House Democrats plan to adopt a National Football League hiring policy and compile a new database of minority job applicants as part of a push to diversity the staffing ranks on Capitol Hill.
Since last year’s elections, Democratic congressional leaders have been facing pressure from minority staffers, lawmakers and organizations for failing to ensure that a party that draws outsize support from Asian, black, Latino and gay voters also employs such people on Capitol Hill.
In the House, Minority Leader Nancy Pelosi (D-Calif.) and her leadership team are set to announce plans on Wednesday to launch the House Democratic Diversity Initiative, a project that will include a full-time staffer responsible for placing minorities in more staff jobs across the caucus.
Shortly after taking office in January, Senate Minority Leader Charles E. Schumer (D-N.Y.) made similar changes designed to help Democratic senators identify and hire more minority applicants.
The new House Democratic diversity director, who has not yet been hired, will oversee a database of potential applicants to fill policy and communications jobs that will draw names with insights from outside groups, including Asian, black and Latino staffing organizations, according to Pelosi’s office.
White men are a minority in the House Democratic caucus, with Asian, black Latino, women and openly gay members outnumbering them, a milestone that occurred over the past decade. The new diversity push for staffing “will help our Members build diverse staffs and strengthen our work on behalf of Americans of all backgrounds and perspectives,” Pelosi said in a statement announcing the plans, the details of which were shared first with The Washington Post.
Drew Hammill, Pelosi’s deputy chief of staff and top spokesman, noted that “Leader Pelosi’s office is, without rival, the most diverse office on Capitol Hill. Leader Pelosi has always believed in the importance of leading by example.”
Her senior staff includes an Arab American chief of staff, Nadeam Elshami; two deputy chiefs of staff who are gay and female, respectively; a national security adviser, communications director and press secretary who are all black women; and a Latino member services director, according to Hammill. Overall, Pelosi employs 55 people in her leadership and district offices, more than half of whom are women (31). Forty-four percent of her combined staffs (24) are minorities, he said.
Among House Republicans, Speaker Paul D. Ryan (R-Wis.) has no formal policy for his office or his conference requiring the recruitment or hiring of minorities, according to aides. Earlier this year he promoted his longtime aide, Jonathan Burks, to be his chief of staff. There are no diversity hiring requirements among Senate Republicans.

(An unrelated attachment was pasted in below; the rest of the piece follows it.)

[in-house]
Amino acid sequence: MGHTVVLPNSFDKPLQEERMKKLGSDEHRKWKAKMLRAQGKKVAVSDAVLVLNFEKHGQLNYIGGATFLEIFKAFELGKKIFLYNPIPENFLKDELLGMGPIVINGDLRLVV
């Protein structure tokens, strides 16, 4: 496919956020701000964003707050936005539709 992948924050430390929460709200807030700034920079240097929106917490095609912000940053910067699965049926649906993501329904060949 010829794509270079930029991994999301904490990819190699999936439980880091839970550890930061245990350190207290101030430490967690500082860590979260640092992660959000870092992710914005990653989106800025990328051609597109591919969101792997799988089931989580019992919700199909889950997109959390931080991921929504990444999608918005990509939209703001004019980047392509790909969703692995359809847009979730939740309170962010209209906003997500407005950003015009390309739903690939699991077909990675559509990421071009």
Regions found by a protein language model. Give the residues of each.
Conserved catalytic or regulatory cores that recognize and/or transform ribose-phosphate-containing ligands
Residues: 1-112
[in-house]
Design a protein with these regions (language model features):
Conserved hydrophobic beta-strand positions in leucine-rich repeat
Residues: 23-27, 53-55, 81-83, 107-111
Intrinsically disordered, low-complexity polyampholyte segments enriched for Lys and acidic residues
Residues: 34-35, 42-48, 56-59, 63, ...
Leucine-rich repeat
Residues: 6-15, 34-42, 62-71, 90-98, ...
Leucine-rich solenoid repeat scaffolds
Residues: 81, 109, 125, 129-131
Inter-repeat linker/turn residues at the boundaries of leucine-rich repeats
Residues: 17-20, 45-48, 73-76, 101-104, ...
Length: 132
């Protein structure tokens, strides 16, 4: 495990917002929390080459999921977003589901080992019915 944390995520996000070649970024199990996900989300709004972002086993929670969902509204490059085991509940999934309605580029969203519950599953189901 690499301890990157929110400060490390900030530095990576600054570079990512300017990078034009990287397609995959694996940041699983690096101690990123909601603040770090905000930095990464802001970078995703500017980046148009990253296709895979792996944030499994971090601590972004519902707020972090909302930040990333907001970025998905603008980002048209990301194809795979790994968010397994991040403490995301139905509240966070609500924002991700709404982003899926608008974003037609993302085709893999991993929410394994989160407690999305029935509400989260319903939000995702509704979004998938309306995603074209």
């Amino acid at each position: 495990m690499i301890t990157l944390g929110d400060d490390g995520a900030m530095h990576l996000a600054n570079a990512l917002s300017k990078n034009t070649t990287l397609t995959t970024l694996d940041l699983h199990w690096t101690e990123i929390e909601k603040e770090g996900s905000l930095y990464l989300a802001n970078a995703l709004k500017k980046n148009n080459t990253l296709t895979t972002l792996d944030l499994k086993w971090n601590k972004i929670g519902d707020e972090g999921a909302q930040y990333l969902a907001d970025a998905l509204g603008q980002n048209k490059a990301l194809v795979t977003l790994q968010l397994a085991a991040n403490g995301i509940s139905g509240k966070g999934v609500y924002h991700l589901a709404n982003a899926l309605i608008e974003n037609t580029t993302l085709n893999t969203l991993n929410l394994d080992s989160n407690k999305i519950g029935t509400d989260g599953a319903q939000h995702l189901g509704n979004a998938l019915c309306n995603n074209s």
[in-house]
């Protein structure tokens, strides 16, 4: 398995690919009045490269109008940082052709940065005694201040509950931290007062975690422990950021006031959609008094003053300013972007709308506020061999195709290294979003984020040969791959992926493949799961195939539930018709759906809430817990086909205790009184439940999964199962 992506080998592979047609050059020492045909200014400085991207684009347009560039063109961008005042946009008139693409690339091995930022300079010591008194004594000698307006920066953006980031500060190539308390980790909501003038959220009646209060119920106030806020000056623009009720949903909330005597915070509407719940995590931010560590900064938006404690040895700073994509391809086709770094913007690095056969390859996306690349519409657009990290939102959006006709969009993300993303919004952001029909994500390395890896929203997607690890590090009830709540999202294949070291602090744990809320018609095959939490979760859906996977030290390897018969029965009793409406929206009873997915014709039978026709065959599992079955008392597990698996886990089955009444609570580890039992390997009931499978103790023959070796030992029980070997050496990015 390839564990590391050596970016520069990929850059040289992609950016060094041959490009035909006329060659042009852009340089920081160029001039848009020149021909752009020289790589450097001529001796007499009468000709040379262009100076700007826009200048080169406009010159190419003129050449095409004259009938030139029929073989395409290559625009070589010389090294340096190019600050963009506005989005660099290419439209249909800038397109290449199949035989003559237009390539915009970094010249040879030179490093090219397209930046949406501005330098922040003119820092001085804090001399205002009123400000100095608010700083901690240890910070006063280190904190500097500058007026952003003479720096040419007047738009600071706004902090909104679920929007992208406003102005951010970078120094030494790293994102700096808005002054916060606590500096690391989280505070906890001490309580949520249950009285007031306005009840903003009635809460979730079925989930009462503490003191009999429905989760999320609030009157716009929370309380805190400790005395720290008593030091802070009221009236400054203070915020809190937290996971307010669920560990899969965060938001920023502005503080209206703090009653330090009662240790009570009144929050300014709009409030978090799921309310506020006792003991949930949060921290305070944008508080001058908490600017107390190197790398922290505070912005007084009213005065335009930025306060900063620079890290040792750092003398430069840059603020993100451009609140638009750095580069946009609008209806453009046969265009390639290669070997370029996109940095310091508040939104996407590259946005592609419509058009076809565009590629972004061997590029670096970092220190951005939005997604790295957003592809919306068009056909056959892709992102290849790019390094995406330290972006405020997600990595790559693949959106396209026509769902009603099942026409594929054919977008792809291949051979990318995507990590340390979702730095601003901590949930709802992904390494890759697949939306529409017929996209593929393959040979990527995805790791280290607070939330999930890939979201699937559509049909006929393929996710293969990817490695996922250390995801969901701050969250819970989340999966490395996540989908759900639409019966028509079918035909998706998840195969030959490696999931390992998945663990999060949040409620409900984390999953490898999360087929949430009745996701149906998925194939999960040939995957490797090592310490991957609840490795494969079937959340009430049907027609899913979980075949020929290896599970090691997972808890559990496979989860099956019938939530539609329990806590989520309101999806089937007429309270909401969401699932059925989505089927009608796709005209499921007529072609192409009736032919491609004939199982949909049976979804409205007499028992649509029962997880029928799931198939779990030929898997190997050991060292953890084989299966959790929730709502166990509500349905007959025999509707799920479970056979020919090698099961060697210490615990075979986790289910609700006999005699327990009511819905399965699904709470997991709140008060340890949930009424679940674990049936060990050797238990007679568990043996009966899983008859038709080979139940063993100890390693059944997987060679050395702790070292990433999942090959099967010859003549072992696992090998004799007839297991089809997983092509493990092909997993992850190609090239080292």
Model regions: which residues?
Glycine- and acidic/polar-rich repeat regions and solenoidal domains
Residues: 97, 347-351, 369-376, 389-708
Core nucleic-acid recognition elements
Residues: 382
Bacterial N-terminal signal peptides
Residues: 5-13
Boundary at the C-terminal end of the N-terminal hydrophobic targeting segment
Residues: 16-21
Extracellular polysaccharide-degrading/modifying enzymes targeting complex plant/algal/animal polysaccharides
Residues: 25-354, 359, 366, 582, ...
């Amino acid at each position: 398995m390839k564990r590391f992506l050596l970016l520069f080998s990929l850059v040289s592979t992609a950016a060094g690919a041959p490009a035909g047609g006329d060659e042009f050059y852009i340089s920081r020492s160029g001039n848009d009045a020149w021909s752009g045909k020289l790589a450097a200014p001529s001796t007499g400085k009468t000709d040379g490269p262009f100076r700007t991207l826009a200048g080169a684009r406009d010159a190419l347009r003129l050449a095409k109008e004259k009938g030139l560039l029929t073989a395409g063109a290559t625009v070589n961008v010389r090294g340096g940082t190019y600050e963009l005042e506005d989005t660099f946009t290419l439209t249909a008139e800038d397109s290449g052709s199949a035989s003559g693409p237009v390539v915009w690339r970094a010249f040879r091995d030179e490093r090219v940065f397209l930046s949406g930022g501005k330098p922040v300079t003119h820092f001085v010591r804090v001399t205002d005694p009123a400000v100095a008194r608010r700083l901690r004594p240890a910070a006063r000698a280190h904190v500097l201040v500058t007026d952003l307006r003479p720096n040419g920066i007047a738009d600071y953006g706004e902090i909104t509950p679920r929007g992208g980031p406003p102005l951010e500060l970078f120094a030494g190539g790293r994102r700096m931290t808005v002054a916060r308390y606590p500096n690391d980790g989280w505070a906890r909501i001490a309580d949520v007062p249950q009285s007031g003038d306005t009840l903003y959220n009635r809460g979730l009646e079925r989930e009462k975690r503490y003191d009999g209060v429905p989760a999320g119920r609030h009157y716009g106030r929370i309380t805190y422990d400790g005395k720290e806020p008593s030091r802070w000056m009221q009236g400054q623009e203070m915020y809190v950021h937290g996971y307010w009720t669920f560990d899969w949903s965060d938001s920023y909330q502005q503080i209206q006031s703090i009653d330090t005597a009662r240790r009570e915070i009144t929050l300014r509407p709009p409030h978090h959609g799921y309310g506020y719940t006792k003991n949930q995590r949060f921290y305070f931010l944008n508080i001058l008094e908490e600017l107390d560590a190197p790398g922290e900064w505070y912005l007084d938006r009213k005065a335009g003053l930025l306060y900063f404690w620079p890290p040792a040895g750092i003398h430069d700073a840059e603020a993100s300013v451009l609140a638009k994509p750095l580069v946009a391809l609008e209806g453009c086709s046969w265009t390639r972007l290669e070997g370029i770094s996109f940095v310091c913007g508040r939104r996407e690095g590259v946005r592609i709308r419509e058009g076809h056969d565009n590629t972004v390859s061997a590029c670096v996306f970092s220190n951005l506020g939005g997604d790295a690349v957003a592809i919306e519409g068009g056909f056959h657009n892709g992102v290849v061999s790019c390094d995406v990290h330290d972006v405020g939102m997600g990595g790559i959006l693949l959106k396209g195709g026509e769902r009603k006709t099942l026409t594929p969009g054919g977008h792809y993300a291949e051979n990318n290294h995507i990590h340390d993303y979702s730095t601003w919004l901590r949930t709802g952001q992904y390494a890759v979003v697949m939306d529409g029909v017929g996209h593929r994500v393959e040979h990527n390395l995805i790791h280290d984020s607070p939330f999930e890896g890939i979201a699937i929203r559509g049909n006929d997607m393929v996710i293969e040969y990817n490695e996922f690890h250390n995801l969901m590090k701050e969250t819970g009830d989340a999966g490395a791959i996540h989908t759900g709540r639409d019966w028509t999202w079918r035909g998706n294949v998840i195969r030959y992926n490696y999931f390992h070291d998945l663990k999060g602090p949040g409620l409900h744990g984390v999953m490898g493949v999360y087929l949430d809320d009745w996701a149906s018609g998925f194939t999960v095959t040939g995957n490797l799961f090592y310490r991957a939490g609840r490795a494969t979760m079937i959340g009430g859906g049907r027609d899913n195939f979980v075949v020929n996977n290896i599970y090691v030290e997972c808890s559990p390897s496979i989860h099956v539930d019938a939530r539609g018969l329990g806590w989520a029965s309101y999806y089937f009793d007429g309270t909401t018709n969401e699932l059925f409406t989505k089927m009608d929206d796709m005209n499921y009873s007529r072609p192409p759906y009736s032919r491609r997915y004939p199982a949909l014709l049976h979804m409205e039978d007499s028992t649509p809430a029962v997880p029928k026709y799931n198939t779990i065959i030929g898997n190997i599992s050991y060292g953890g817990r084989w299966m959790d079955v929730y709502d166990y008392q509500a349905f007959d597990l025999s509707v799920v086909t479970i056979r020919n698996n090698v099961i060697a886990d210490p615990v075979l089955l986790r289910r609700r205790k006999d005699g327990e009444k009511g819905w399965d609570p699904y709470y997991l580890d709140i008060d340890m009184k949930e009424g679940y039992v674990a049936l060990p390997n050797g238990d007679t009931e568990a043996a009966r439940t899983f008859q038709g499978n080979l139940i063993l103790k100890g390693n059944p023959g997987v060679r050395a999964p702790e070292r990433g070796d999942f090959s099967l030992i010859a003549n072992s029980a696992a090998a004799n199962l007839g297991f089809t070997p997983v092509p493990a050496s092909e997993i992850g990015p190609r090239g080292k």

Pelosi and her team tried codifying House-wide diversity rules back in 2010, but they lost the majority and the funding that might come with such changes, aides said. Now, they plan to implement the plans for the caucus amid pressure from outside groups. A series of op-eds and widely circulated social media posts by progressive activists and columnists late last year began drawing attention to the dearth of minority or gay senior staffers.
The new diversity director will work with Rep. Robert A. Brady (Pa.), the top Democrat on the House Administration Committee, who will oversee a new Member Advisory Council that will draw members from the congressional Asian Pacific American, black, Hispanic, LGBT, women’s progressive and moderate caucuses, according to Hammill.
The new council will be tasked with setting diversity hiring goals and provide guidance on how offices will implement the “Rooney Rule,” named for Dan Rooney, the late owner of the Pittsburgh Steelers, who persuaded the NFL to adopt a policy that requires teams to interview minorities for any head coaching or senior football operations positions. Use of the rule does not necessarily result in hiring, but it compels the league to seek out, promote and retain minority talent.
It’s not yet clear whether Democrats plan to apply the rule just to senior hires or all job openings.
In January, Schumer adopted the rule for his own office after meetings with minority staffing groups and minority staffers. He also encouraged, but did not require, that other Democratic senators adopt the policy.
Congressional offices are not required to publicly report the demographics of staffers, but groups such as the Congressional Hispanic Staff Association and the Congressional Black Associates have tried in past years to compile reports on the disparities. In a 2010 report, Latinos represented just 6 percent of the congressional workforce. The numbers haven’t changed much since then.
Francisco Bencosme, a staffer with the Senate Foreign Relations Committee who also leads the Congressional Hispanic Staff Association, said that his group has been working with Pelosi and other Democratic leaders to make changes to staffing decisions.
“We support the announcement,” Bencosme said in a statement, adding later, “We believe this initiative can only succeed through a concerted strategy that looks at data collection, transparency, pipeline, retention and outreach holistically.”